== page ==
Finally, the new auxiliary software is copied from RAM 82 to form auxiliary partition 112, as shown in Figure Sc and this partition is verified before being used and subscriber station 28 is then once again in its normal operating configuration. While this process does result in partitions 108 and 112 always having the same positions in RSU 86, it does require additional write and verification operations to be performed to copy the contents of partition 108 to partition 108", which adds to the time required to perform the update.
In a present embodiment of the invention, updating of software in subscriber stations 28 is a managed process. This is especially important in a critical network or an "always on" network, such as wireless local loop providing a primary telephone line replacement.
Figure 6 shows the management system hierarchy of network 20 which includes a network operations center (NOC) 200, a radio sector manager 204 for each sector in a base station 24 in network 20 and a subscriber station update client 208 for each subscriber station 28 served by network 20.
Network operations center 200 is a centralized facility operated by the operator of network 20 and, in addition to managing the updating of subscriber stations throughout network 20, can also perform other network management functions such as OAM&P, etc. Radio sector managers 204 are preferably located in each base station 24 of network 20 and can be co-located with and/or implemented within update server 36. If a base station 24 is an omni-directional (single sector) base station, only a single radio sector manager 204 will be provide in that base station 24. It is contemplated that, more commonly, a base station 24 will employ non-omni-directional (beam-forming) antennas which provide for increased densities of subscriber stations 28 that can be served by a base station 24. For example, if sixty degree beam-forming antennas are employed, a base station 24 can be configured into six different radio sectors, each sector serving a subset of the total number of subscriber stations 28 served by that base station 24. In such a case, six radio sector managers 204 would be provided at base station 24. Finally, each subscriber station 28, as part of its core firmware, includes an update client 208 which executes on the subscriber station 28.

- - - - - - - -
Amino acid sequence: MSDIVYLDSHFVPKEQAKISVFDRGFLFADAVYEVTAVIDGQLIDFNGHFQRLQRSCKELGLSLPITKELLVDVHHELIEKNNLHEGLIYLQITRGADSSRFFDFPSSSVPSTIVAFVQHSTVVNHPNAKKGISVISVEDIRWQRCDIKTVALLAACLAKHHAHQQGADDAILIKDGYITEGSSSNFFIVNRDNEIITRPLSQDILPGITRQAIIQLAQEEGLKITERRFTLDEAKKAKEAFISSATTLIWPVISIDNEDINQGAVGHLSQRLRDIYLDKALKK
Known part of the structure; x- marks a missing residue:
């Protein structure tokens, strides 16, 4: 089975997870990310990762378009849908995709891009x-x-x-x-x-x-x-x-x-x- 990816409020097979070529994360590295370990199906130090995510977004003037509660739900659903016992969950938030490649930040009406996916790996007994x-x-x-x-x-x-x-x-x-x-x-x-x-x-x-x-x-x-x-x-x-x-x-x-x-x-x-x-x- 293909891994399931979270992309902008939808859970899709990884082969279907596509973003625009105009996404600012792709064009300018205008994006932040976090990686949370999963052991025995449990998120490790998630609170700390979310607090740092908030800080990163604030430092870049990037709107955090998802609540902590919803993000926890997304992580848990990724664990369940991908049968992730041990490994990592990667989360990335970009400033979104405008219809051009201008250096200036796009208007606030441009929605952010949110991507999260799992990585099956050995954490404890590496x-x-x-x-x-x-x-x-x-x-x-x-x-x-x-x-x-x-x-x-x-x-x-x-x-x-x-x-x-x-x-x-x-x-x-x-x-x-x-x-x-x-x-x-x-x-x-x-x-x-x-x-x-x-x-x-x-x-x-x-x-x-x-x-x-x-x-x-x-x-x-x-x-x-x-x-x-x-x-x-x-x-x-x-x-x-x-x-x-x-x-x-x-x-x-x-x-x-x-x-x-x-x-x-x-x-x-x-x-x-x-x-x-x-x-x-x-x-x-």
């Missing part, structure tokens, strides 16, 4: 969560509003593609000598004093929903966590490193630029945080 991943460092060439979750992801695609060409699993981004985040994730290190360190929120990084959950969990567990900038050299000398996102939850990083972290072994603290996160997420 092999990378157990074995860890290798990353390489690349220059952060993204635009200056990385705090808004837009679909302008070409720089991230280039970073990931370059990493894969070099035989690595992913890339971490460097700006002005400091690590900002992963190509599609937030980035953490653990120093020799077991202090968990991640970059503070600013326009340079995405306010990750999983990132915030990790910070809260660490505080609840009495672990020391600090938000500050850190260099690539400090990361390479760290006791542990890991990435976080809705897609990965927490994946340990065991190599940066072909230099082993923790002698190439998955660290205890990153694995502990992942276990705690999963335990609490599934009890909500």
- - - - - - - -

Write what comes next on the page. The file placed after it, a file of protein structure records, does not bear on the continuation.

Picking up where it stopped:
In Figure 6, the radio sector managers 204 illustrated in dashed line are intended to represent a plurality of such radio sector mangers 204 and their associated update clients as NOC
200 can serve several hundreds of radio sector managers 204 and, through them, several thousand or more subscriber stations 28 through their update clients 208.
When an update to the auxiliary software or core firmware of subscriber stations 28 has been created and the operator of network 20 wishes to implement it, the network operations center 200 will determine the present version of the software loaded into each subscriber station 28 being served by network 20. This determination can be performed in a variety of manners, as will be apparent to those of skill in the art. In a present embodiment of the invention, the update client 208 of each subscriber station 28 reports to the radio sector manager 204 serving it the present version of the software loaded into the subscriber station 28 each time the subscriber stations 28 is turned on and/or after each time an update is performed. The radio sector managers 204 forward this information to the network operations center 200 where it is stored in a suitable database. As will be apparent to those of skill in the art, a variety of other techniques can be employed to determine the present software load of each subscriber station 28, including polling of the update clients 208 at appropriate intervals, etc.